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7 tips for building your personal emergency fund




7 tips for building your personal emergency fund

A personal emergency fund is a stash of easily accessible cash that you need to set aside to cover unexpected expenses. It’s a crucial financial safety net that can really come in handy in the event of job loss, medical bills, home repairs, or other unexpected costs.

Without a personal emergency fund, you may find yourself relying on high-interest debt or tapping into your retirement savings during tough times. Follow these seven tips to start building a robust emergency fund:

Tip 1: Bank windfalls strategically

When you receive a tax refund, work bonus, contest winnings, etc., allocate a portion to immediately boost your emergency fund. Consider sending at least 50% of any windfalls directly to savings.

You can also take a look at one professional online tax filing service to potentially maximize your refund amount. A tax professional can help you take advantage of all available deductions and credits so you can receive the largest refund possible.

Tip 2: Start small, but start now

You don’t need thousands of dollars to start your emergency fund. Even setting aside $10 or $20 per paycheck is a good start. The key is developing the habit of saving regularly. Once you’ve built some momentum, you can increase your contributions over time.

The key is not to wait until you have “extra” money to get started. Instead, make it a priority to save, no matter how small the amount.

Tip 3: Set a specific goal

While experts suggest aiming for three to six months’ living expenses, you can choose a specific dollar goal for your emergency fund. Having a clear, quantifiable goal makes it easier to track your progress and stay motivated. As you get closer, you can adjust your aim higher if desired.

Tip 4: Temporarily reduce costs

Look for areas where you can temporarily reduce expenses to free up more money for emergency savings.

Save a few months on discretionary costs like dining out, entertainment, memberships and subscription services. Small sacrifices for a short period of time can give your fund a healthy start.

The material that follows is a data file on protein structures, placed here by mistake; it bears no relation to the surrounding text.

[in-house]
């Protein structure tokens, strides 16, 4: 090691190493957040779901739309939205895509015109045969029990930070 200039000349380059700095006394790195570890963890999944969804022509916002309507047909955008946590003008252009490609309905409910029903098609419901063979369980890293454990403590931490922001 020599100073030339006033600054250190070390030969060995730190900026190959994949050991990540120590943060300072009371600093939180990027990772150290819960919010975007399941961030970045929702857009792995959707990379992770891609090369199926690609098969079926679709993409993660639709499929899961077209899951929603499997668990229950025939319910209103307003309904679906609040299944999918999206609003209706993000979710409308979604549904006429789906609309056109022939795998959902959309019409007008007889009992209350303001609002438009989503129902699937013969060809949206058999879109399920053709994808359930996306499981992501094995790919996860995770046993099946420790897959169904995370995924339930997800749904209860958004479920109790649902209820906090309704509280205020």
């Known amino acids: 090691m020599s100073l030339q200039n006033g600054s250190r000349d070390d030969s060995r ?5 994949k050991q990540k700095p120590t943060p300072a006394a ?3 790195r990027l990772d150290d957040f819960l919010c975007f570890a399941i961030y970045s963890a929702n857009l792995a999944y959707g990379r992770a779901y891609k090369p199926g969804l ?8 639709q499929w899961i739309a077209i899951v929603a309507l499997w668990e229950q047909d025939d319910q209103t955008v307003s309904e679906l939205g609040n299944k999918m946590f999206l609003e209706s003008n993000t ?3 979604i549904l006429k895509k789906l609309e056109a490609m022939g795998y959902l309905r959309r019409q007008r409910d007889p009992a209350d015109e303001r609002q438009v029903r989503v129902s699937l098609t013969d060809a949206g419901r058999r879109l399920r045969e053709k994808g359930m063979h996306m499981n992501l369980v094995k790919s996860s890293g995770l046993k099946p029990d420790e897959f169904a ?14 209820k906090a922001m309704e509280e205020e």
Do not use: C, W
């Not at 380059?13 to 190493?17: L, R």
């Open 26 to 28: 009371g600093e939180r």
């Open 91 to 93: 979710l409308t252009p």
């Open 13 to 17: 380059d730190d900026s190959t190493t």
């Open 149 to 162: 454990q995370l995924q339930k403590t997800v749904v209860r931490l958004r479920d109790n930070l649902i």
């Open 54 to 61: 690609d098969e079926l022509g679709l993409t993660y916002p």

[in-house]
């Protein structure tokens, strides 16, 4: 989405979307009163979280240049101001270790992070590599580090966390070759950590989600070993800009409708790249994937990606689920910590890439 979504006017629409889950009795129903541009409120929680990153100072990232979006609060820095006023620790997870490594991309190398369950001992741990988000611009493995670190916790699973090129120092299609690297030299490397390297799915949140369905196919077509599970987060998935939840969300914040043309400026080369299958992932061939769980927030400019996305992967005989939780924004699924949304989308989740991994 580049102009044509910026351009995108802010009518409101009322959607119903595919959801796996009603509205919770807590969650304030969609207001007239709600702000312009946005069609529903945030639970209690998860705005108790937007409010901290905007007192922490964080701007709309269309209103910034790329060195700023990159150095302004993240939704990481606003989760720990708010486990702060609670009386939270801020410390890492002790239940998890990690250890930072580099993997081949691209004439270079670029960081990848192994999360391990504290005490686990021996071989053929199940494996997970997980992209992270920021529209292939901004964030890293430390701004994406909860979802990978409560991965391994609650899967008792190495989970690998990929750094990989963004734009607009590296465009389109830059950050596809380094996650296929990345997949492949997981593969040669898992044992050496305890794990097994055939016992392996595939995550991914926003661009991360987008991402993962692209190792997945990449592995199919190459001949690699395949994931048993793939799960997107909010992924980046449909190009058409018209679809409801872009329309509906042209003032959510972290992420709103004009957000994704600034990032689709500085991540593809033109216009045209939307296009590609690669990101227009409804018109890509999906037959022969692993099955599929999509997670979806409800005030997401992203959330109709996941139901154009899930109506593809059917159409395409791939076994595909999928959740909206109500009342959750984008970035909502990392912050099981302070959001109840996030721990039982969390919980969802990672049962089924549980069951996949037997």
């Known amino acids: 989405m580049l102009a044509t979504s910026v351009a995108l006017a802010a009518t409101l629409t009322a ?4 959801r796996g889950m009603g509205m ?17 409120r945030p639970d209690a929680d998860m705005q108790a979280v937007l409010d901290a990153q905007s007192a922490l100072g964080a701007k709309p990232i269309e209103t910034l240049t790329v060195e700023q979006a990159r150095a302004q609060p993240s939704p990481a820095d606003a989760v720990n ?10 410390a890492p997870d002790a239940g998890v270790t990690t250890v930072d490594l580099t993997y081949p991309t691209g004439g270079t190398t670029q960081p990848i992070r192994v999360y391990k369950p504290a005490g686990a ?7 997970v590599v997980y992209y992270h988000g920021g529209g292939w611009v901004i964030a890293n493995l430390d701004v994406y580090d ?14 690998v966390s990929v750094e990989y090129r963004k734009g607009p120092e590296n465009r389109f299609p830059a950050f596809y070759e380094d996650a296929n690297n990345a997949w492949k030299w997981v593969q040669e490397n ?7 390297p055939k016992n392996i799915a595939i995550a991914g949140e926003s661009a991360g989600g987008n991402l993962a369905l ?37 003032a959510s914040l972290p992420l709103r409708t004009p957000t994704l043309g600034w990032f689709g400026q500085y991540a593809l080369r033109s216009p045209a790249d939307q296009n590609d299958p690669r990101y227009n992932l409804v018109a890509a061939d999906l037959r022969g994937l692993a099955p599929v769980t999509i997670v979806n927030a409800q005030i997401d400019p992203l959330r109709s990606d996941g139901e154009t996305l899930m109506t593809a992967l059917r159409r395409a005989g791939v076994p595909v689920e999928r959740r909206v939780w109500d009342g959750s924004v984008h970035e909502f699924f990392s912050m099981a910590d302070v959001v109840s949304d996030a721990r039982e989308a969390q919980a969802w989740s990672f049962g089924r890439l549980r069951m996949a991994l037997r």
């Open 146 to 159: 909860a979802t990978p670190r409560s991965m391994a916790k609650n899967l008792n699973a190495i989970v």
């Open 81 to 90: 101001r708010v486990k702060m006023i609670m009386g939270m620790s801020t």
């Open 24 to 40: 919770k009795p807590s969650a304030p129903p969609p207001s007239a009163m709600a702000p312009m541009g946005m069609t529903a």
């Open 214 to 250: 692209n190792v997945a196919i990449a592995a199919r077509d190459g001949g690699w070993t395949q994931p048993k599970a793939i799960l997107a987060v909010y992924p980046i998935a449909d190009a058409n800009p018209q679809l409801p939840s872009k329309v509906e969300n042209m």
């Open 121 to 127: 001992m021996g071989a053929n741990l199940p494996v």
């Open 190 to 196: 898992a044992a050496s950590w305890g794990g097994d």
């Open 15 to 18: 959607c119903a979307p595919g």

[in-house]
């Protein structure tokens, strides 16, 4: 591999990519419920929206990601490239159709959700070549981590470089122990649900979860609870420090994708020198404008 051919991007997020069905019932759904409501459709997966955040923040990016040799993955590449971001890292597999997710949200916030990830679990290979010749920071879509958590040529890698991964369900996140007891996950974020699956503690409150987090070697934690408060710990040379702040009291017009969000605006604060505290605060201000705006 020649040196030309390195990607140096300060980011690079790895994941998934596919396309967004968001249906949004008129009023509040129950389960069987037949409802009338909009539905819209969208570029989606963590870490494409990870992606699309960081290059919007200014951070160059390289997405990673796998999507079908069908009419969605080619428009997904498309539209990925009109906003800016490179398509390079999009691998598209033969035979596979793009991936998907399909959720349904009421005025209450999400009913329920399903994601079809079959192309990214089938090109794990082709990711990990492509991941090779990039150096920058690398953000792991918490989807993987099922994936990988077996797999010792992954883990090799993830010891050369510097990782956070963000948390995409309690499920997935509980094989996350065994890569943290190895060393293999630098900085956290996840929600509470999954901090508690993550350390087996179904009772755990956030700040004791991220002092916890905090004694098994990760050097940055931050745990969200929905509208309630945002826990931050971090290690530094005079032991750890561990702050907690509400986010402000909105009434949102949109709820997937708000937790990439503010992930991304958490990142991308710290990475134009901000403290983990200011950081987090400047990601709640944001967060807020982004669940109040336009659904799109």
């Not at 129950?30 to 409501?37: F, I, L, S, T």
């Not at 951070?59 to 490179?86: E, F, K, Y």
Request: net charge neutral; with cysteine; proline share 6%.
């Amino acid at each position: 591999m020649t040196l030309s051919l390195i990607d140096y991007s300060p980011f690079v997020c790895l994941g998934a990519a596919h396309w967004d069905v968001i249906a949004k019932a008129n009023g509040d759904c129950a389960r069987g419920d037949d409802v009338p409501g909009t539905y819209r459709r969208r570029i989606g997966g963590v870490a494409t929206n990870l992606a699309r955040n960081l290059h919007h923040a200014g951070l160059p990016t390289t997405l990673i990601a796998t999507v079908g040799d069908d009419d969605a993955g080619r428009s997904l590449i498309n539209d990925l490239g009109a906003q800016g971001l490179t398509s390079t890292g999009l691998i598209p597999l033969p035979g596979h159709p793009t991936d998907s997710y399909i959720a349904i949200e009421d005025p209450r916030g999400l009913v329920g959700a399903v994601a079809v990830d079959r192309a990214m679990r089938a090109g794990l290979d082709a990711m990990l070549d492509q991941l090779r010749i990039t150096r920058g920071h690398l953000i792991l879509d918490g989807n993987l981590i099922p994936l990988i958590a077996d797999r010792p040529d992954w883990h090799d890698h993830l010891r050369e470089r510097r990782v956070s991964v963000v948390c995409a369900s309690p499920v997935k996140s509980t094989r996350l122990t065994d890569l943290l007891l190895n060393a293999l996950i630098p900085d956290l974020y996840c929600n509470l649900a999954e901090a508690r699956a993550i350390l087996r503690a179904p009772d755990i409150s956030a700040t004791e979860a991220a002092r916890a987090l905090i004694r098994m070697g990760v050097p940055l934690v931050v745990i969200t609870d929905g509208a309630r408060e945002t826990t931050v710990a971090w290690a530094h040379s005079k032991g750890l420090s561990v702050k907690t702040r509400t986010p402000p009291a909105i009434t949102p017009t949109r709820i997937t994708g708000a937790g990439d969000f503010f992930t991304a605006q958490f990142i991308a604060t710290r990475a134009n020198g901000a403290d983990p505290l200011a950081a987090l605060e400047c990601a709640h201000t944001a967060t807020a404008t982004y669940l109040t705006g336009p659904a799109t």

Tip 5: Pay yourself first

Deal with your personal emergency fund contributions as you would with any other recurring invoice. Set up an automatic transfer to move a set amount of money from your checking account to a special savings account each pay period.

Making it one of your first “payments” ensures that the money is saved before you have a chance to spend it elsewhere.

Tip 6: Earn more, save more

In addition to cutting expenses, look for ways to generate additional income streams, such as: sidejob, freelance work or selling items you no longer use. Any money you earn from these additional sources can easily be transferred directly to your emergency savings.

Tip 7: Keep it liquid and separated

Your emergency fund should be kept separate from other savings in a liquid, interest-bearing account that is easily accessible. This way you can quickly access the money when you really need it.

Whatever you do, avoid investing emergency funds in riskier assets that can fluctuate in value. While these investments may seem lucrative at first, they can be unreliable if you need immediate access to cash.

Finance your future

Building a personal emergency fund is all about creating a solid financial foundation. Yes, reaching your entire savings goal takes dedication and patience, but even a small amount can go a long way toward weathering life’s inevitable storms.

Start small, save consistently, and watch your safety net grow over time. Having cash reserves for a rainy day provides invaluable financial security and peace of mind.